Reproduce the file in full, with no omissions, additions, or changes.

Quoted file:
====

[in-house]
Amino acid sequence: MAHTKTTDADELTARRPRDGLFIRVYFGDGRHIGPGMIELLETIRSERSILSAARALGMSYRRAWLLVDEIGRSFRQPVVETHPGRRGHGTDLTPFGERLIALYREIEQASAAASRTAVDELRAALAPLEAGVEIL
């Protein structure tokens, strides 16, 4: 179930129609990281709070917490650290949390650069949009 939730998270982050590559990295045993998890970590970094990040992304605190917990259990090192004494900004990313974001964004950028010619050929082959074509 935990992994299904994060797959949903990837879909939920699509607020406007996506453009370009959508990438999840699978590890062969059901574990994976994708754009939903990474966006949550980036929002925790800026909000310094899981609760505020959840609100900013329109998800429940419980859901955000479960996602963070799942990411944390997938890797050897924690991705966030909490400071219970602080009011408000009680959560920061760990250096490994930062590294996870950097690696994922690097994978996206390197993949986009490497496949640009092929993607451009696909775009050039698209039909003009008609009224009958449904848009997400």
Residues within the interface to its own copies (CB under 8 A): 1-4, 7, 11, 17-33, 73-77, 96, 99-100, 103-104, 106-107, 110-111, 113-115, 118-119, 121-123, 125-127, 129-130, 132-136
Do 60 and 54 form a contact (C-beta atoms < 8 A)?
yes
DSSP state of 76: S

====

[in-house]
Amino acid sequence: MAHTKTTDADELTARRPRDGLFIRVYFGDGRHIGPGMIELLETIRSERSILSAARALGMSYRRAWLLVDEIGRSFRQPVVETHPGRRGHGTDLTPFGERLIALYREIEQASAAASRTAVDELRAALAPLEAGVEIL
């Protein structure tokens, strides 16, 4: 179930129609990281709070917490650290949390650069949009 939730998270982050590559990295045993998890970590970094990040992304605190917990259990090192004494900004990313974001964004950028010619050929082959074509 935990992994299904994060797959949903990837879909939920699509607020406007996506453009370009959508990438999840699978590890062969059901574990994976994708754009939903990474966006949550980036929002925790800026909000310094899981609760505020959840609100900013329109998800429940419980859901955000479960996602963070799942990411944390997938890797050897924690991705966030909490400071219970602080009011408000009680959560920061760990250096490994930062590294996870950097690696994922690097994978996206390197993949986009490497496949640009092929993607451009696909775009050039698209039909003009008609009224009958449904848009997400």
Residues within the interface to its own copies (CB under 8 A): 1-4, 7, 11, 17-33, 73-77, 96, 99-100, 103-104, 106-107, 110-111, 113-115, 118-119, 121-123, 125-127, 129-130, 132-136
Do 60 and 54 form a contact (C-beta atoms < 8 A)?
yes
DSSP state of 76: S